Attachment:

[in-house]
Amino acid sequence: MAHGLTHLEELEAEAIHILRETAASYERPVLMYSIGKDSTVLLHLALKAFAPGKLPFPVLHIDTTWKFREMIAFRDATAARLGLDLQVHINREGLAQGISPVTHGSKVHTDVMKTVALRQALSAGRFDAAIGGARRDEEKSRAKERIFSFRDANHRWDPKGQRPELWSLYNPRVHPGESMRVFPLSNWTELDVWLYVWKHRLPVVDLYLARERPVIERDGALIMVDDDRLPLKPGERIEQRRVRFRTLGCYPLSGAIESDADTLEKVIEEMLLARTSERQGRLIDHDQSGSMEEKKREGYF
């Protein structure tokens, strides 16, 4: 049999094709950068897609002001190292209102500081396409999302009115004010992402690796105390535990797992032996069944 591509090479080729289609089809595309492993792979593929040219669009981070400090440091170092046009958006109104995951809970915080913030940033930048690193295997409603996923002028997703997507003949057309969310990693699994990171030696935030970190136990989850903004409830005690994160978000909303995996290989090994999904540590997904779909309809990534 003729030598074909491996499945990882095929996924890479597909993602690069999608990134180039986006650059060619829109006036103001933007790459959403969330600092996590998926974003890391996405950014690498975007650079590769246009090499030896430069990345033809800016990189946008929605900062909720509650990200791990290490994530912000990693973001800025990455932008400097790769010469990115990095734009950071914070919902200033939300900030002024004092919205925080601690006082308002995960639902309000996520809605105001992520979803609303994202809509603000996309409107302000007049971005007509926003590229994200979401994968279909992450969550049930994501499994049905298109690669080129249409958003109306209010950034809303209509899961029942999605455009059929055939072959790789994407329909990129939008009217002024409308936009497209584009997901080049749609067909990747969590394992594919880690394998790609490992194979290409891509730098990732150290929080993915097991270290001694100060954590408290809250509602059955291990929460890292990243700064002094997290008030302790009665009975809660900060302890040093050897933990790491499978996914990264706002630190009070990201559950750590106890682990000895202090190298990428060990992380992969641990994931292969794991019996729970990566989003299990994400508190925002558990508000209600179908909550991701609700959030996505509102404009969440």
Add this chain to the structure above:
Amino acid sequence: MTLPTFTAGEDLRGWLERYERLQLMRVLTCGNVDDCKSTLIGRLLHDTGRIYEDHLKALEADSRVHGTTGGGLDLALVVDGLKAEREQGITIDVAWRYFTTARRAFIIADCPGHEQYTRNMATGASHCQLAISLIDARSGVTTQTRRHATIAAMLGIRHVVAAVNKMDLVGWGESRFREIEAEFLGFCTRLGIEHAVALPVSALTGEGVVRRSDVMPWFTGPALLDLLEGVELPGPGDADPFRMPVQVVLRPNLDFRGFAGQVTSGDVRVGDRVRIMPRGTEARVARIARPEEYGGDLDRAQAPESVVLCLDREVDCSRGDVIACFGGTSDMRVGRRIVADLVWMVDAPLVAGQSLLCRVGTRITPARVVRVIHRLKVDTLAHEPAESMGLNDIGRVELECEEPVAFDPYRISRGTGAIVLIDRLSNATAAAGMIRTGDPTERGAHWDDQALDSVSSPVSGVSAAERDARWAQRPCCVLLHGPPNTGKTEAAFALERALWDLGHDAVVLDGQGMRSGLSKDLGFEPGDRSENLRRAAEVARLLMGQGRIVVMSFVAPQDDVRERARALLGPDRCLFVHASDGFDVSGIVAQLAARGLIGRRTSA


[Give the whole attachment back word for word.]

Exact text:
[in-house]
Amino acid sequence: MAHGLTHLEELEAEAIHILRETAASYERPVLMYSIGKDSTVLLHLALKAFAPGKLPFPVLHIDTTWKFREMIAFRDATAARLGLDLQVHINREGLAQGISPVTHGSKVHTDVMKTVALRQALSAGRFDAAIGGARRDEEKSRAKERIFSFRDANHRWDPKGQRPELWSLYNPRVHPGESMRVFPLSNWTELDVWLYVWKHRLPVVDLYLARERPVIERDGALIMVDDDRLPLKPGERIEQRRVRFRTLGCYPLSGAIESDADTLEKVIEEMLLARTSERQGRLIDHDQSGSMEEKKREGYF
């Protein structure tokens, strides 16, 4: 049999094709950068897609002001190292209102500081396409999302009115004010992402690796105390535990797992032996069944 591509090479080729289609089809595309492993792979593929040219669009981070400090440091170092046009958006109104995951809970915080913030940033930048690193295997409603996923002028997703997507003949057309969310990693699994990171030696935030970190136990989850903004409830005690994160978000909303995996290989090994999904540590997904779909309809990534 003729030598074909491996499945990882095929996924890479597909993602690069999608990134180039986006650059060619829109006036103001933007790459959403969330600092996590998926974003890391996405950014690498975007650079590769246009090499030896430069990345033809800016990189946008929605900062909720509650990200791990290490994530912000990693973001800025990455932008400097790769010469990115990095734009950071914070919902200033939300900030002024004092919205925080601690006082308002995960639902309000996520809605105001992520979803609303994202809509603000996309409107302000007049971005007509926003590229994200979401994968279909992450969550049930994501499994049905298109690669080129249409958003109306209010950034809303209509899961029942999605455009059929055939072959790789994407329909990129939008009217002024409308936009497209584009997901080049749609067909990747969590394992594919880690394998790609490992194979290409891509730098990732150290929080993915097991270290001694100060954590408290809250509602059955291990929460890292990243700064002094997290008030302790009665009975809660900060302890040093050897933990790491499978996914990264706002630190009070990201559950750590106890682990000895202090190298990428060990992380992969641990994931292969794991019996729970990566989003299990994400508190925002558990508000209600179908909550991701609700959030996505509102404009969440």
Add this chain to the structure above:
Amino acid sequence: MTLPTFTAGEDLRGWLERYERLQLMRVLTCGNVDDCKSTLIGRLLHDTGRIYEDHLKALEADSRVHGTTGGGLDLALVVDGLKAEREQGITIDVAWRYFTTARRAFIIADCPGHEQYTRNMATGASHCQLAISLIDARSGVTTQTRRHATIAAMLGIRHVVAAVNKMDLVGWGESRFREIEAEFLGFCTRLGIEHAVALPVSALTGEGVVRRSDVMPWFTGPALLDLLEGVELPGPGDADPFRMPVQVVLRPNLDFRGFAGQVTSGDVRVGDRVRIMPRGTEARVARIARPEEYGGDLDRAQAPESVVLCLDREVDCSRGDVIACFGGTSDMRVGRRIVADLVWMVDAPLVAGQSLLCRVGTRITPARVVRVIHRLKVDTLAHEPAESMGLNDIGRVELECEEPVAFDPYRISRGTGAIVLIDRLSNATAAAGMIRTGDPTERGAHWDDQALDSVSSPVSGVSAAERDARWAQRPCCVLLHGPPNTGKTEAAFALERALWDLGHDAVVLDGQGMRSGLSKDLGFEPGDRSENLRRAAEVARLLMGQGRIVVMSFVAPQDDVRERARALLGPDRCLFVHASDGFDVSGIVAQLAARGLIGRRTSA